Just like veg, fruit is another abundant source of immune-supporting nutrients. Most children will happily eat fruit because it’s sweet.
Citrus fruits are particularly high in vitamin C, which is thought to increase the production of white blood cells (which fight off infection). Try oranges, grapefruit, tangerines, or clementines.
Kiwi, papaya, and strawberries are all super-high in vitamin C, too.
If your child isn’t keen on eating fruit whole, a quick and easy way to get its goodness in is with smoothies.
Whip up your own in a blender to reduce the free sugars you get in shop-bought versions. You could even throw in a little carrot, spinach, or cucumber for some veggie action too!
Smoothies also make excellent ice lollies when frozen for a child-approved summer treat.
4. Vitamins for kids’ immune systems
If you’ve got a fussy child who isn’t the biggest fan of fruit and veg, try getting them some of the best vitamins for kids’ immune systems.
A daily supplement can top up your child’s diet and help fill the gaps in their nutrition to support their immunity.
Choose a sugar-free chewy gummy multivitamin that includes vitamin C, a potent antioxidant that contributes to immune defence.5
5. Quality sleep
Sleep is key for a strong immune system both in childhood and throughout life.6
Use this guide for the number of hours children need at each stage of development:
- Toddlers aged 1 – 2 need 11 – 14 hours
- Kids 3 – 5 years need 10 – 13 hours
- Kids 6 – 12 need 9 – 12 hours
- Teens 13 – 18 need 8 – 10 hours7
If you have older and younger children, staggered bedtimes might be needed.
6. Teach good hygiene
One of the main reasons children have more coughs and colds is because they play in close proximity with other children and they haven’t yet mastered hygiene.
Germs can be spread easily, so it’s helpful to teach your child to catch any sneezes in a tissue and to cover their mouth when they cough.
Teach children the importance of washing their hands before meals and after going to the toilet.
These actions will kill bugs and germs and minimize their opportunity to spread.
If someone in your household does become ill, you should make sure you disinfect surfaces even more than usual and that you wash towels and bedding at 65°C.
7. Get active together
Being active supports immunity and reduces the risk of becoming ill.8
NHS guidelines recommend that children aged 5-16 do 60 minutes of aerobic exercise every day.9
This means exercise that’s enough to make them hot and have rosy cheeks, and teens should feel sweaty.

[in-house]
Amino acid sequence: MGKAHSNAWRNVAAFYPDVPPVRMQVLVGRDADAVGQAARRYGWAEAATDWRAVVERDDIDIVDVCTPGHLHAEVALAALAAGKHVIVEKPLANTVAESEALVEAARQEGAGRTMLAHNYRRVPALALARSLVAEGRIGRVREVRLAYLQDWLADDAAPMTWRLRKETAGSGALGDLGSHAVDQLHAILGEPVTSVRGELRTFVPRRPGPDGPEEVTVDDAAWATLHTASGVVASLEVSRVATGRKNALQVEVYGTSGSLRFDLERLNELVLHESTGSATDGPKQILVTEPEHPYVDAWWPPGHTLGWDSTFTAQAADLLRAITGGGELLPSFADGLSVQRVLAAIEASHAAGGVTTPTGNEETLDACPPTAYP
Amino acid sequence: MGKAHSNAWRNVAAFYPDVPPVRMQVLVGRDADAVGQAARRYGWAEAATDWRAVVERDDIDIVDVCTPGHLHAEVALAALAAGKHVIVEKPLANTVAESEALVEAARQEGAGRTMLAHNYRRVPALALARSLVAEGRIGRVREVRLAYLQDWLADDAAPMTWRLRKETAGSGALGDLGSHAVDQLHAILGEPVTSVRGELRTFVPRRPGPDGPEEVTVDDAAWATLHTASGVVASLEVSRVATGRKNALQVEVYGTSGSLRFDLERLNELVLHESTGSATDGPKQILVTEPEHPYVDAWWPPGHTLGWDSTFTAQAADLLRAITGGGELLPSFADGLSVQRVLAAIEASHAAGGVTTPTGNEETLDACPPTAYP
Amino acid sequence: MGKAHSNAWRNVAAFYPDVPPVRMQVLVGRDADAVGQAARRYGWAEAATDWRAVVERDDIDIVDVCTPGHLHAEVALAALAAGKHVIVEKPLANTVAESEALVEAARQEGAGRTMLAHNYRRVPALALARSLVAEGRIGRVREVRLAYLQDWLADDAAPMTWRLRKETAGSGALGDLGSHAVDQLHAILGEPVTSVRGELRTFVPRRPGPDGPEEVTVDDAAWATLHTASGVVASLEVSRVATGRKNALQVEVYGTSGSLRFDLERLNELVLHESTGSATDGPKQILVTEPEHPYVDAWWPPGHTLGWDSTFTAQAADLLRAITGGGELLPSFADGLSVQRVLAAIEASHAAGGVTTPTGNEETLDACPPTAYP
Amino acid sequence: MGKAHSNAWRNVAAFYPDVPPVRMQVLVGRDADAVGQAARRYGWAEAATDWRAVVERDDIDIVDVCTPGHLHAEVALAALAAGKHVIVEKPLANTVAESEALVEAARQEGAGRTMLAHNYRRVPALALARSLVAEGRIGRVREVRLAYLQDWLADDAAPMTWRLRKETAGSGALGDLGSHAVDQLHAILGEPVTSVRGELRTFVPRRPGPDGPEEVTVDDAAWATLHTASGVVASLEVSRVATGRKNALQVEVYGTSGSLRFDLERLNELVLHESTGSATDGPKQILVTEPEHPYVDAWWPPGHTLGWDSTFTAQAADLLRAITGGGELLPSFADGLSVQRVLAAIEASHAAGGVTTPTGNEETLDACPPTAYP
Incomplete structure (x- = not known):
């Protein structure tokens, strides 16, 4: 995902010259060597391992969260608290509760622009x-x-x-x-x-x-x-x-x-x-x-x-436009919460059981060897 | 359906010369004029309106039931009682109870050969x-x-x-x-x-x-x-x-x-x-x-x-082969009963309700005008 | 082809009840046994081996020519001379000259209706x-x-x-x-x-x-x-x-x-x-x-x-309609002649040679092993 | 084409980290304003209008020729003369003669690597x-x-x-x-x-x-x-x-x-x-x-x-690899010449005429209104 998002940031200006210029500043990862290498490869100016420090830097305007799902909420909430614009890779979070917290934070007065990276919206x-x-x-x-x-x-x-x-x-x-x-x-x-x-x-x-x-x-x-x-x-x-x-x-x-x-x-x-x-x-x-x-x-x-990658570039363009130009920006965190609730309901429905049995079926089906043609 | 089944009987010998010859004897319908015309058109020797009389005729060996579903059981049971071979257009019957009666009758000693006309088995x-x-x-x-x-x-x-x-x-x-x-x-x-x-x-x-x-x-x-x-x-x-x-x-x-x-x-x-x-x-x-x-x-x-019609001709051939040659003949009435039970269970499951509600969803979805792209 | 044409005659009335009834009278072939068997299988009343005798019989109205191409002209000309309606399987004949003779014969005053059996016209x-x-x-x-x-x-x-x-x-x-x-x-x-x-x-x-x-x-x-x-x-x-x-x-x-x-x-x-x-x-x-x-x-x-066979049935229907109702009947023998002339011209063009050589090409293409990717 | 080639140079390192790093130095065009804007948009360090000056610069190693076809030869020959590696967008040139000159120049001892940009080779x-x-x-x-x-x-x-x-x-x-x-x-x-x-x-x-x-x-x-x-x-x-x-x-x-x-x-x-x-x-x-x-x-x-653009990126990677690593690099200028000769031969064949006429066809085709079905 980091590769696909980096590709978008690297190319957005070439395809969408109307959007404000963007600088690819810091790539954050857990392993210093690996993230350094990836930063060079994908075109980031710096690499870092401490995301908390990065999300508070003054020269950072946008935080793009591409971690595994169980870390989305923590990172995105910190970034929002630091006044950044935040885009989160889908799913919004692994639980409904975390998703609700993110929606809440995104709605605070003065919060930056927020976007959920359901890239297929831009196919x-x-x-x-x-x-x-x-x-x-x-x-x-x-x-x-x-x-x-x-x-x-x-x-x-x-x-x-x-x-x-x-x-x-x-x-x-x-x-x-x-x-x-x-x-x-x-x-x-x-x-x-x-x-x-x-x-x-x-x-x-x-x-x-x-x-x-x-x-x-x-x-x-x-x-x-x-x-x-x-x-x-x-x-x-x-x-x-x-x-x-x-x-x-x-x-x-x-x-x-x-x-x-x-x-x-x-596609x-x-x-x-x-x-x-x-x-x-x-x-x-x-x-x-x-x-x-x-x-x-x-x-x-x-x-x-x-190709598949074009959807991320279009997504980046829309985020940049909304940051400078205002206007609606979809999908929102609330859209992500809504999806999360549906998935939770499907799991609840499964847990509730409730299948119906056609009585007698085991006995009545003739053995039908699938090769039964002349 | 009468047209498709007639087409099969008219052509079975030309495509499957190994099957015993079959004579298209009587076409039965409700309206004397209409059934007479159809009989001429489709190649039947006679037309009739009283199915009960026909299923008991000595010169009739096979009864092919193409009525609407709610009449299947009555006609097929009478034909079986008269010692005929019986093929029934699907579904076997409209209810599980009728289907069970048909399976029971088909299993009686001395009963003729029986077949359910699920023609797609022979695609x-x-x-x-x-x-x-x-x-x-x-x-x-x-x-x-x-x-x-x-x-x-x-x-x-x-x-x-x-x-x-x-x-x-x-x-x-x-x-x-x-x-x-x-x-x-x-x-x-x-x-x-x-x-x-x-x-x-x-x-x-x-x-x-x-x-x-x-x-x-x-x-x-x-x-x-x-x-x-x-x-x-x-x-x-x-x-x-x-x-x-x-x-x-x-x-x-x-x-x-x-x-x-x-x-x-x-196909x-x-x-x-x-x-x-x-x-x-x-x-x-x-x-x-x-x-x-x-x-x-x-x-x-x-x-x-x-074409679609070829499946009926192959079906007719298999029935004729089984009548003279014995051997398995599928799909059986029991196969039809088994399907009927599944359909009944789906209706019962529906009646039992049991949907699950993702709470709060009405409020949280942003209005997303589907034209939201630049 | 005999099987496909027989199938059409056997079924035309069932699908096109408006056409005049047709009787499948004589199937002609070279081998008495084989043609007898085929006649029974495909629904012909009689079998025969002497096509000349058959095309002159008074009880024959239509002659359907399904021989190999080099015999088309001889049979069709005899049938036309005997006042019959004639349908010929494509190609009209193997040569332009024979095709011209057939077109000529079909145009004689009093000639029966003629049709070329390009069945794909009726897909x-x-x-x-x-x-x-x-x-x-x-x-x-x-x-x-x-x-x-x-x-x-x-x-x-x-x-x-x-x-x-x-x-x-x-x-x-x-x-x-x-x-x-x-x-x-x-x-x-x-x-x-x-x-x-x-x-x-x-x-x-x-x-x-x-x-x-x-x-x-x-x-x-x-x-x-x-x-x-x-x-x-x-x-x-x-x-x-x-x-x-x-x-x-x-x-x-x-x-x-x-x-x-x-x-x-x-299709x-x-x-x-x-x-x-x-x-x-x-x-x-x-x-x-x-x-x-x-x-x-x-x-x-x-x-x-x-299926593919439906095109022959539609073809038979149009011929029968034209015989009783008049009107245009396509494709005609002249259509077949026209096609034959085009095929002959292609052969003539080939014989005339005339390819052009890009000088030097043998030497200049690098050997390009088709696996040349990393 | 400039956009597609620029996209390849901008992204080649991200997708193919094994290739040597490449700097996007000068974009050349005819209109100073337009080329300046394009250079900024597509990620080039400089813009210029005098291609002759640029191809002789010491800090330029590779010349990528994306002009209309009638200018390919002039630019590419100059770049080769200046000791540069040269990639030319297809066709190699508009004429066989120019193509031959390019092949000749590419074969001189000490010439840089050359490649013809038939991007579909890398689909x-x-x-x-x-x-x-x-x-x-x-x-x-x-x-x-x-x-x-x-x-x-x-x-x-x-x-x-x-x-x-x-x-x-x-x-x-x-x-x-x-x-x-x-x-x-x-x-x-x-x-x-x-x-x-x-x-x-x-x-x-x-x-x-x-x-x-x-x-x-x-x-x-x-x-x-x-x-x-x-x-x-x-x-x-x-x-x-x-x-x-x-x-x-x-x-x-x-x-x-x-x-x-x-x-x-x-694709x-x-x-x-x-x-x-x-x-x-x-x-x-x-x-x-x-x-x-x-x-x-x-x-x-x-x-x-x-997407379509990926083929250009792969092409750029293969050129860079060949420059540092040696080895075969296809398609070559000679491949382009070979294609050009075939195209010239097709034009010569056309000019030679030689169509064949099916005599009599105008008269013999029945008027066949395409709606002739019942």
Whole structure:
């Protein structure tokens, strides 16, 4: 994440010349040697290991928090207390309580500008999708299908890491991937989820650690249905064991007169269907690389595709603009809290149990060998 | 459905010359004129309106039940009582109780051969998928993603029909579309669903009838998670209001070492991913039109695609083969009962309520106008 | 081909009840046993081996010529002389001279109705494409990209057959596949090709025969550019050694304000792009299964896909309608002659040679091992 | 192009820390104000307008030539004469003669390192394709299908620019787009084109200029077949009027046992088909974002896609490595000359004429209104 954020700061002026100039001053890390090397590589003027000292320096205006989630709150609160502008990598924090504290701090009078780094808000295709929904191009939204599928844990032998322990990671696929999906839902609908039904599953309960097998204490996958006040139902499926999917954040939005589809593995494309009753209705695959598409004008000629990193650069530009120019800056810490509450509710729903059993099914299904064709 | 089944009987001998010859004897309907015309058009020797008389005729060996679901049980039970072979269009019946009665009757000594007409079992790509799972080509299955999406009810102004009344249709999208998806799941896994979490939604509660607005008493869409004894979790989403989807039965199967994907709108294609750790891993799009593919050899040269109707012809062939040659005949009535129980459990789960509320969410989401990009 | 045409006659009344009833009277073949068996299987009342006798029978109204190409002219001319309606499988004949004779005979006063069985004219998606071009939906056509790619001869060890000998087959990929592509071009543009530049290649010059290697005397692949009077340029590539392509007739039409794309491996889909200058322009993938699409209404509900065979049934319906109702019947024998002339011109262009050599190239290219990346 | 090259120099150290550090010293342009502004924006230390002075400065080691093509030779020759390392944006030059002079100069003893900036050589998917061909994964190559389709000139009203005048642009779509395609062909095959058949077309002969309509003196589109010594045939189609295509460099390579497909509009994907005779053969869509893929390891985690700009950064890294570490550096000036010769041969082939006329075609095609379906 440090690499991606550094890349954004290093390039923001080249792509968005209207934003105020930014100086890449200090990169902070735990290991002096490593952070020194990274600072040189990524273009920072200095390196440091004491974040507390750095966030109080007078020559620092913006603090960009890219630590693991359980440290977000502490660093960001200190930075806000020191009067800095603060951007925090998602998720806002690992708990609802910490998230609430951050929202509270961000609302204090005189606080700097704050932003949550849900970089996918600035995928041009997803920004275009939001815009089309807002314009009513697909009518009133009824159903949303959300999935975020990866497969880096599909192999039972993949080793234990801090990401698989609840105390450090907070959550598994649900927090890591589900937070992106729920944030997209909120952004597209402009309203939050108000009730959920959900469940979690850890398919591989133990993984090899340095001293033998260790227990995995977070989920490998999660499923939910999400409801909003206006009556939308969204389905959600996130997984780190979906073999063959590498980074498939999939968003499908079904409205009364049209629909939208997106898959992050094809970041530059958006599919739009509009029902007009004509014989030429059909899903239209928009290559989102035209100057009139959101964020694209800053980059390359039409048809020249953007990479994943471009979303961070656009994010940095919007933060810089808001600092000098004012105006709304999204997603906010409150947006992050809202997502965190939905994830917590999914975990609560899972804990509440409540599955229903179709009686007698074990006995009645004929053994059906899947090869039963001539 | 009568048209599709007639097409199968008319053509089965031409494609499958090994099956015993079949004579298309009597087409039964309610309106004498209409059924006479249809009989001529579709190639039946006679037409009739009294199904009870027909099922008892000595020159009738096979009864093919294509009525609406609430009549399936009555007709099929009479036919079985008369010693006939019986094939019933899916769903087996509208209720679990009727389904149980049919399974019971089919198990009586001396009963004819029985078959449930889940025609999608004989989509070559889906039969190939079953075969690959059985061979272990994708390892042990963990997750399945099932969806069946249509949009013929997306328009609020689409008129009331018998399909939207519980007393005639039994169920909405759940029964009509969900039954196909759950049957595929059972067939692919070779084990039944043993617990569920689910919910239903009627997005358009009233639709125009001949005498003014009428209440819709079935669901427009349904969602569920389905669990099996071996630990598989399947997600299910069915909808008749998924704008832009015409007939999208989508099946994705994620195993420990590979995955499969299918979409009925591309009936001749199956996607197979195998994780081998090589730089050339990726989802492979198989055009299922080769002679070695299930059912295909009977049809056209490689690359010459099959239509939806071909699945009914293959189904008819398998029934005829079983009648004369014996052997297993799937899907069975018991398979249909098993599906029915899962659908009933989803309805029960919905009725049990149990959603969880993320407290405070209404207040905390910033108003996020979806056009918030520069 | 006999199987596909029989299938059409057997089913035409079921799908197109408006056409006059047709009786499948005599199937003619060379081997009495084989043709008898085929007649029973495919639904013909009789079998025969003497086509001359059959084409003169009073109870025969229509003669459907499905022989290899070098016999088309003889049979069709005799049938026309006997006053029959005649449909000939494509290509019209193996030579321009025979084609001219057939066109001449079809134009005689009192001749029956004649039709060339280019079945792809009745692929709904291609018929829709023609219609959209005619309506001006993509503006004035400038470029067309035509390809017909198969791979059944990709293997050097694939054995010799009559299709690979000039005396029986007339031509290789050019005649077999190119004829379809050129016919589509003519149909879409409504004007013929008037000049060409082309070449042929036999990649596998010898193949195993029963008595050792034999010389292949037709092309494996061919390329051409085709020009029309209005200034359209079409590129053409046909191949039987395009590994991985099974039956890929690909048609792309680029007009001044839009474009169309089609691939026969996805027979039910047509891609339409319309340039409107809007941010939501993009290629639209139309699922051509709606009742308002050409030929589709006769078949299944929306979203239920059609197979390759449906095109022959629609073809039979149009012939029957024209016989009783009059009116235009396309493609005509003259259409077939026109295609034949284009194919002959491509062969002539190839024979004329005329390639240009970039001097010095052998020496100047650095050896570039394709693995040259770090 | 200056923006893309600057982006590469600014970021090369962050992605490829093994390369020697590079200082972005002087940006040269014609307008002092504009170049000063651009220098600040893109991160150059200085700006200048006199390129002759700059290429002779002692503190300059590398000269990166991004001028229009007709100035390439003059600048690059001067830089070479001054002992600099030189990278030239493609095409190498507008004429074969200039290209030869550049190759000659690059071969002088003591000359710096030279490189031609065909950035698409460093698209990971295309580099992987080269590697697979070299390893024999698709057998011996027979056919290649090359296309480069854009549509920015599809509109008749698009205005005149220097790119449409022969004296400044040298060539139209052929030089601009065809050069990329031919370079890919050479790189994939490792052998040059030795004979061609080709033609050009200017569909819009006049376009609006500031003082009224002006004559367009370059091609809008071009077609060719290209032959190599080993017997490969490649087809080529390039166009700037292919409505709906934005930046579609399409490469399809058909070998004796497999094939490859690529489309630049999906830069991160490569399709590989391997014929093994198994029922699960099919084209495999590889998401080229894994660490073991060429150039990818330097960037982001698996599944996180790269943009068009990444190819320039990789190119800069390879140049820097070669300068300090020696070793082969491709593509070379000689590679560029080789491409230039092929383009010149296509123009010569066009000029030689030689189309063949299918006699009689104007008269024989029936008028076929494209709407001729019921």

Encourage children to join a football or rugby team, take up athletics, go trampolining, or sign up for dancing lessons. They’re more likely to maintain exercise they enjoy.
Choose something to do together as a family and be a good role model for your children. Simply walking to your local park for a kickabout or going for a bike ride after school is perfect.
8. Get strict about smoke
Smoking weakens our immunity against infections.10
This is also true of second-hand smoke, so if someone in the household smokes, your children are breathing in more than 7000 harmful chemicals every day.11
Ask them to smoke outdoors, away from children, and to keep all doors and windows shut.
And if they can, they should try to stop – children of smokers are more likely to become smokers themselves.12
9. Minimise sugar
A diet too high in refined sugar is bad news for the immune system.13
This is partly because studies have shown that too much sugar can interfere with your body’s uptake of immunity superhero vitamin C.14
According to the NHS, children aged 4-6 should have no more than 19g added sugar per day, and children 7-10 should not exceed 24g.15
Try to limit the amount of cakes, sweets, chocolate, fizzy drinks, biscuits, and ice cream your children have on a daily basis.
10. Help to reduce their stress
The past couple of years have been hard for all of us, but it’s easy to forget how it might have taken a toll on our kids.
Children’s mental health needs to be taken into consideration too.
This may also keep them fighting fit and better protected from any viruses at bay, as chronic stress has been shown to negatively impact the immune system.16
- Sleeping well
- Seeing friends
- Having fun
- Getting outdoors, and
- Having a routine
can all help keep stress levels down. Some children may also benefit from mindfulness exercises or journalling, too.
*source hollandandbarrett.com, by Sarah Almond Bushell, Registered Dietitian & Children’s Nutritionist